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How much does international trade affect business cycle synchronization ?

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  • William C. Gruben
  • Jahyeong Koo
  • Eric Millis

Abstract

In a recent article, Jeffrey Frankel and Andrew Rose (1998) examine the hypothesis that greater trade flows between two countries cause greater synchronicity between their business cycles. The increase in business cycle synchronicity may be seen as rationalizing a common monetary policy and, so, a shared currency. Arguing that product specialization would lower the synchronicity of business cycles, Frankel and Rose posit that a regression of output correlation on overall trade will indicate whether (positive) common demand shocks and productivity spillovers dominate or (negative) specialization effects do. The authors apply instrumental variables to confirm a causal relationship. In this paper, we refine the estimation in two ways. First, we test for instrument validity and find that the confirming null hypothesis is rejected in most cases. We find evidence to suggest that the instrumental variables method applied is inappropriate and results in inflated coefficients. We develop and apply an alternative OLS-based estimation procedure. Second, we add structure-of-trade variables to the model to separate the effects of intra- and inter-industry trade flows. Although our results suggest that the Frankel and Rose model overestimates the effect of trade on business cycle correlation, the overall results of our model are consistent with theirs. With our own model estimation, we find that specialization generally does not significantly asynchronize business cycles between two countries.

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  • William C. Gruben & Jahyeong Koo & Eric Millis, 2002. "How much does international trade affect business cycle synchronization ?," Working Papers 0203, Federal Reserve Bank of Dallas.
  • Handle: RePEc:fip:feddwp:0203
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    Cited by:

    1. Brian M. Doyle & Jon Faust, 2005. "Breaks in the Variability and Comovement of G-7 Economic Growth," The Review of Economics and Statistics, MIT Press, vol. 87(4), pages 721-740, November.
    2. Jean Imbs, 2004. "Trade, Finance, Specialization, and Synchronization," The Review of Economics and Statistics, MIT Press, vol. 86(3), pages 723-734, August.
    3. Michael Artis & Toshihiro Okubo, 2008. "The Intranational Business Cycle: Evidence from Japan," Centre for Growth and Business Cycle Research Discussion Paper Series 101, Economics, The Univeristy of Manchester.
    4. Hsu, Chih-Chiang & Wu, Jyun-Yi & Yau, Ruey, 2011. "Foreign direct investment and business cycle co-movements: The panel data evidence," Journal of Macroeconomics, Elsevier, vol. 33(4), pages 770-783.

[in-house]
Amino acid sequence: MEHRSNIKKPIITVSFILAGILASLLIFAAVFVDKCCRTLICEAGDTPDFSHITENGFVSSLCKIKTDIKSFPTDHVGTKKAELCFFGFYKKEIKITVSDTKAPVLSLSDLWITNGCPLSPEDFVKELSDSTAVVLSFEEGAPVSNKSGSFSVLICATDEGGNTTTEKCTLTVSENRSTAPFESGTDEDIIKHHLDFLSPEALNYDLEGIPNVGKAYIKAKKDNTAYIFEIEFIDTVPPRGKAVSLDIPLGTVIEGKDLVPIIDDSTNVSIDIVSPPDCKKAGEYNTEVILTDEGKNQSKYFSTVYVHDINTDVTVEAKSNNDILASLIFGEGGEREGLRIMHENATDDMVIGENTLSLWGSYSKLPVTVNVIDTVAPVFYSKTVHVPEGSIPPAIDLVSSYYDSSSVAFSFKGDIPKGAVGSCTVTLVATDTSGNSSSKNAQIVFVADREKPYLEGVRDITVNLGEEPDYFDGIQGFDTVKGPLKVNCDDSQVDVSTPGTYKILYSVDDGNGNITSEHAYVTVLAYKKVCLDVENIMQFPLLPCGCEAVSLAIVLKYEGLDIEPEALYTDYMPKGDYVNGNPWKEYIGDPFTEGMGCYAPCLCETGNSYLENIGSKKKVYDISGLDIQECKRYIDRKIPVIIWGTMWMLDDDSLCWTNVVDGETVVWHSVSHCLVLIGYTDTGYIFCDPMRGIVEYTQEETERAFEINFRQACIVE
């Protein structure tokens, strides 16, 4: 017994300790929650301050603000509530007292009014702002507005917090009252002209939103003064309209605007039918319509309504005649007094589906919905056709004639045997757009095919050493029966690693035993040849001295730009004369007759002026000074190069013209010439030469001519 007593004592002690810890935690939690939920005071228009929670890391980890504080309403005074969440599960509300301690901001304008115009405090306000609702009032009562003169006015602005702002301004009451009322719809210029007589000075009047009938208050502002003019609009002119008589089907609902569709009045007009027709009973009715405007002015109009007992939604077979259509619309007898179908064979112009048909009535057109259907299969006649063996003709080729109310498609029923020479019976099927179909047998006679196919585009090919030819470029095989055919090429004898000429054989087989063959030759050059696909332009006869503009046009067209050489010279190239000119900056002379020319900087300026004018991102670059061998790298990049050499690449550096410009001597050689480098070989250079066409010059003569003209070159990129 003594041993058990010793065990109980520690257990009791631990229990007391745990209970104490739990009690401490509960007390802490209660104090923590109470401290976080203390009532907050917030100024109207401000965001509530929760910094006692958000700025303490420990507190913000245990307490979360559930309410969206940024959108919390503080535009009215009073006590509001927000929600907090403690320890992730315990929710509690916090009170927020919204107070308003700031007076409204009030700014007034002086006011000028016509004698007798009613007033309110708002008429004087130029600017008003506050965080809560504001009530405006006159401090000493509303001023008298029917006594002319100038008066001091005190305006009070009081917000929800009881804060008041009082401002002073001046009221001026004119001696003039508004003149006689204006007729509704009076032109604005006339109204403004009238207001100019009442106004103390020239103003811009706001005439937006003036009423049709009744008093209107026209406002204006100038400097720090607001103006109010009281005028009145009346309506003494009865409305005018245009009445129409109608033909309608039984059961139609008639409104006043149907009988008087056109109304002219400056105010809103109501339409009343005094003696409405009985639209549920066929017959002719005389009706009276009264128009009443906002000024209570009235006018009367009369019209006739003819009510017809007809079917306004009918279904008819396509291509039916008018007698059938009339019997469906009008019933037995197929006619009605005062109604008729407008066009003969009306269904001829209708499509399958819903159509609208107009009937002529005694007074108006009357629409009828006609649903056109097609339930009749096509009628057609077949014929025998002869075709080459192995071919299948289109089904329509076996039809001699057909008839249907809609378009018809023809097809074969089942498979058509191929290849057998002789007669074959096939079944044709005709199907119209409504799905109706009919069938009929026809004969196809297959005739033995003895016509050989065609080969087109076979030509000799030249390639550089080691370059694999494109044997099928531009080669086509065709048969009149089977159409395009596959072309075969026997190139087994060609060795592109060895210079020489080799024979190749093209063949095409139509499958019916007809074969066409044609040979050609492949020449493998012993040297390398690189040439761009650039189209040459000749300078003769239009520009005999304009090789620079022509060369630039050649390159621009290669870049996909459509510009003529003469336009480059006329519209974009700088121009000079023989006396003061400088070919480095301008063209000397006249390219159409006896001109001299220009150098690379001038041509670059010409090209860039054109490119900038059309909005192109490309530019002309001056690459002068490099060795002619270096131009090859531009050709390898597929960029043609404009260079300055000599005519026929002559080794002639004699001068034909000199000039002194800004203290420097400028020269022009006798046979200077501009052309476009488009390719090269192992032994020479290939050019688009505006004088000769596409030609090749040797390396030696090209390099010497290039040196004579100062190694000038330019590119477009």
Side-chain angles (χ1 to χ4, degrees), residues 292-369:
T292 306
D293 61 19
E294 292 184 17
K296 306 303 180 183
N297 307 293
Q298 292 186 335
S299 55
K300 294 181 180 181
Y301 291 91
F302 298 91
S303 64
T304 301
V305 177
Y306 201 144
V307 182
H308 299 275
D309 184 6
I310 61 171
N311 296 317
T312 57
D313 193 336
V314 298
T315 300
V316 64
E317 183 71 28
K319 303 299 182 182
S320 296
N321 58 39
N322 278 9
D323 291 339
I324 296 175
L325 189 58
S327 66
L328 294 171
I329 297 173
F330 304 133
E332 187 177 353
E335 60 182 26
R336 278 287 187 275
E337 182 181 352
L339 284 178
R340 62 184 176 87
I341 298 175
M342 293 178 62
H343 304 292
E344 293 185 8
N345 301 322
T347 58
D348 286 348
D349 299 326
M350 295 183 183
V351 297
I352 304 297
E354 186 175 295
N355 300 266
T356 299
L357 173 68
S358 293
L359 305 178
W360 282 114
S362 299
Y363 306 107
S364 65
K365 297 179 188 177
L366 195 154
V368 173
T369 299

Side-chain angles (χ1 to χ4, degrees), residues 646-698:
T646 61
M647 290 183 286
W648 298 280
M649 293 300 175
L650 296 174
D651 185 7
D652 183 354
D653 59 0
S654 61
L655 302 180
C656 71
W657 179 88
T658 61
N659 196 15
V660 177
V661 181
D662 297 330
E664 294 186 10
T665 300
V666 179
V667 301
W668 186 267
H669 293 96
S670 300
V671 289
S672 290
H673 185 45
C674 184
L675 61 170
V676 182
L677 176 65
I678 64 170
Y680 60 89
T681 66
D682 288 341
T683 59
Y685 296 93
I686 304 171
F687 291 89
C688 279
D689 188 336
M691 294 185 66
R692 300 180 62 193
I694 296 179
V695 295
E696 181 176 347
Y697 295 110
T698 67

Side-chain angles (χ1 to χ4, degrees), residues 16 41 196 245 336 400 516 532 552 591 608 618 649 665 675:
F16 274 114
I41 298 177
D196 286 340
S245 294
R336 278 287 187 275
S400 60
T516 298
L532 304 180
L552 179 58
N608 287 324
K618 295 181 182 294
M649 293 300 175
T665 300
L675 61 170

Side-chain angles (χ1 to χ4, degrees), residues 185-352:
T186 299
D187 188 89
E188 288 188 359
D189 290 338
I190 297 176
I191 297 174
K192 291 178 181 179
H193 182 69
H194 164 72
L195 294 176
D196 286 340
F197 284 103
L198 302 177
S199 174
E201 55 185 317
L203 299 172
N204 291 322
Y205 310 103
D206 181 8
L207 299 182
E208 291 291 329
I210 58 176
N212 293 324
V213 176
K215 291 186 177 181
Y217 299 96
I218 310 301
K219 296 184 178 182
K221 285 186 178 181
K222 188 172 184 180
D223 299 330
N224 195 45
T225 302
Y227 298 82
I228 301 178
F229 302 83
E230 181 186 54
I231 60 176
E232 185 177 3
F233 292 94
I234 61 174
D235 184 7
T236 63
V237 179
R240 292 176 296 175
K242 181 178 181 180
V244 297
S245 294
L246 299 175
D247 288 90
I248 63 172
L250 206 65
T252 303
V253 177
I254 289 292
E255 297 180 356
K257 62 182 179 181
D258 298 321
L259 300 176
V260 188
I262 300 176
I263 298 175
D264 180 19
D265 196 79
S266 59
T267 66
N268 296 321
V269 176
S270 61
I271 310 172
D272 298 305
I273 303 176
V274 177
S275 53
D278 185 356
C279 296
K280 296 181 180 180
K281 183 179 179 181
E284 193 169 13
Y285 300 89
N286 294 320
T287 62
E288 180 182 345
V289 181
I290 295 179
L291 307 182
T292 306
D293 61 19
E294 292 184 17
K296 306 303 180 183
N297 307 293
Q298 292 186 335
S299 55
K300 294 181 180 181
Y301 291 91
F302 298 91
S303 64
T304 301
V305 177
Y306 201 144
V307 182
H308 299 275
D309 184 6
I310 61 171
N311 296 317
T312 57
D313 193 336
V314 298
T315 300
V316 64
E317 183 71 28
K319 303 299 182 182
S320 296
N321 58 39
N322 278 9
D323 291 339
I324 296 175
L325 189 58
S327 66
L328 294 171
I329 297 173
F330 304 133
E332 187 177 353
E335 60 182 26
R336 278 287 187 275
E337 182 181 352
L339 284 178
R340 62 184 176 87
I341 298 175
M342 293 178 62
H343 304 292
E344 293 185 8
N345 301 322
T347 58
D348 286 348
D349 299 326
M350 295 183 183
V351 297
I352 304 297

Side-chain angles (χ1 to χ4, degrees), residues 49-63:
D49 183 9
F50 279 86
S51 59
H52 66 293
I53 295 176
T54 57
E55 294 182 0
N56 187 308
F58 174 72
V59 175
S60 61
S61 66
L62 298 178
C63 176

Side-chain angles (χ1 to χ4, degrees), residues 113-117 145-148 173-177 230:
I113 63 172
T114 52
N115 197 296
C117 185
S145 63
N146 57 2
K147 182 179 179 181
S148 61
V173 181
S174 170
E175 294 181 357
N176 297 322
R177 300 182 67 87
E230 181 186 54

5. Zuzana Brixiova & Qingwei Meng & Mthuli Ncube, 2015. "Can Intra-Regional Trade Act as a Global Shock Absorber in Africa?," World Economics, World Economics, 1 Ivory Square, Plantation Wharf, London, United Kingdom, SW11 3UE, pages 141-162.
    6. Inklaar, Robert & Jong-A-Pin, Richard & de Haan, Jakob, 2008. "Trade and business cycle synchronization in OECD countries--A re-examination," European Economic Review, Elsevier, vol. 52(4), pages 646-666, May.
    7. Saša Obradović & Vladimir Mihajlović, 2013. "Synchronization of Business Cycles in the Selected European Countries," Panoeconomicus, Savez ekonomista Vojvodine, Novi Sad, Serbia, vol. 60(6), pages 759-773, December.
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    14. repec:taf:irapec:v:31:y:2017:i:2:p:255-282 is not listed on IDEAS
    15. Hasan Engin Duran, 2015. "Dynamics of Business Cycle Synchronization in Turkey," Panoeconomicus, Savez ekonomista Vojvodine, Novi Sad, Serbia, vol. 62(5), pages 581-606, December.
    16. Hasan Engin Duran & Alexandra Ferreira-Lopes, 2017. "Determinants of co-movement and of lead and lag behavior of business cycles in the Eurozone," International Review of Applied Economics, Taylor & Francis Journals, vol. 31(2), pages 255-282, March.
    17. Nabil Alimi, 2015. "The Effect of Trade, Specialization and Financial Integration on Business Cycles Synchronization in Some Mediterranean Countries," Asian Economic and Financial Review, Asian Economic and Social Society, vol. 5(1), pages 110-118, January.
    18. Changchun Hua & Douglas H. Brooks, 2010. "Asian Trade and Global Linkages," Working Papers id:3094, eSocialSciences.
    19. Manuel Ramos Francia & Daniel Chiquiar, 2004. "Bilateral Trade and Business Cycle Synchronization: Evidence from Mexico and United States Manufacturing Industries," Working Papers 2004-05, Banco de México.
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    21. Kappler Marcus, 2011. "Business Cycle Co-movement and Trade Intensity in the Euro Area: is there a Dynamic Link?," Journal of Economics and Statistics (Jahrbuecher fuer Nationaloekonomie und Statistik), De Gruyter, vol. 231(2), pages 247-265, April.
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    23. Yetman, James, 2011. "Exporting recessions: International links and the business cycle," Economics Letters, Elsevier, vol. 110(1), pages 12-14, January.
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